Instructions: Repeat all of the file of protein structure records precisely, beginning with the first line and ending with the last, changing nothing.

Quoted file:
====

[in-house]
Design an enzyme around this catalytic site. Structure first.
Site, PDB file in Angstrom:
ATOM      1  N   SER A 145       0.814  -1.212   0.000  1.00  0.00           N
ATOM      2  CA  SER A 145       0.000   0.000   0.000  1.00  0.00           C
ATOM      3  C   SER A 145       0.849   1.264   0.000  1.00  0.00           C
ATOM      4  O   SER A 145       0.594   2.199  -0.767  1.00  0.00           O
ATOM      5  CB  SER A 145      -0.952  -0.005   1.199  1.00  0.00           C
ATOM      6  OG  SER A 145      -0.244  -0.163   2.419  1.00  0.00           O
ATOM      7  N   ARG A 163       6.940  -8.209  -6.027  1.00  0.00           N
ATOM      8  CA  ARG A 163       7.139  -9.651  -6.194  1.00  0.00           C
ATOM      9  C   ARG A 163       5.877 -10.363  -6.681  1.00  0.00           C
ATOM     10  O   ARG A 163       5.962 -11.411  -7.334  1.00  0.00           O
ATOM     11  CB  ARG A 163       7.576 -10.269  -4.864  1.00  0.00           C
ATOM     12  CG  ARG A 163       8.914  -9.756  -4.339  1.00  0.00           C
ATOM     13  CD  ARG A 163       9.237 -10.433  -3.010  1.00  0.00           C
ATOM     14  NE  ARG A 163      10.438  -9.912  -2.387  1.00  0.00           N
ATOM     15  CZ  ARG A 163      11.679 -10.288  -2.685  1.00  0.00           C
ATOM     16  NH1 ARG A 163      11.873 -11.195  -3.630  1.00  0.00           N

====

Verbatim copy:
[in-house]
Design an enzyme around this catalytic site. Structure first.
Site, PDB file in Angstrom:
ATOM      1  N   SER A 145       0.814  -1.212   0.000  1.00  0.00           N
ATOM      2  CA  SER A 145       0.000   0.000   0.000  1.00  0.00           C
ATOM      3  C   SER A 145       0.849   1.264   0.000  1.00  0.00           C
ATOM      4  O   SER A 145       0.594   2.199  -0.767  1.00  0.00           O
ATOM      5  CB  SER A 145      -0.952  -0.005   1.199  1.00  0.00           C
ATOM      6  OG  SER A 145      -0.244  -0.163   2.419  1.00  0.00           O
ATOM      7  N   ARG A 163       6.940  -8.209  -6.027  1.00  0.00           N
ATOM      8  CA  ARG A 163       7.139  -9.651  -6.194  1.00  0.00           C
ATOM      9  C   ARG A 163       5.877 -10.363  -6.681  1.00  0.00           C
ATOM     10  O   ARG A 163       5.962 -11.411  -7.334  1.00  0.00           O
ATOM     11  CB  ARG A 163       7.576 -10.269  -4.864  1.00  0.00           C
ATOM     12  CG  ARG A 163       8.914  -9.756  -4.339  1.00  0.00           C
ATOM     13  CD  ARG A 163       9.237 -10.433  -3.010  1.00  0.00           C
ATOM     14  NE  ARG A 163      10.438  -9.912  -2.387  1.00  0.00           N
ATOM     15  CZ  ARG A 163      11.679 -10.288  -2.685  1.00  0.00           C
ATOM     16  NH1 ARG A 163      11.873 -11.195  -3.630  1.00  0.00           N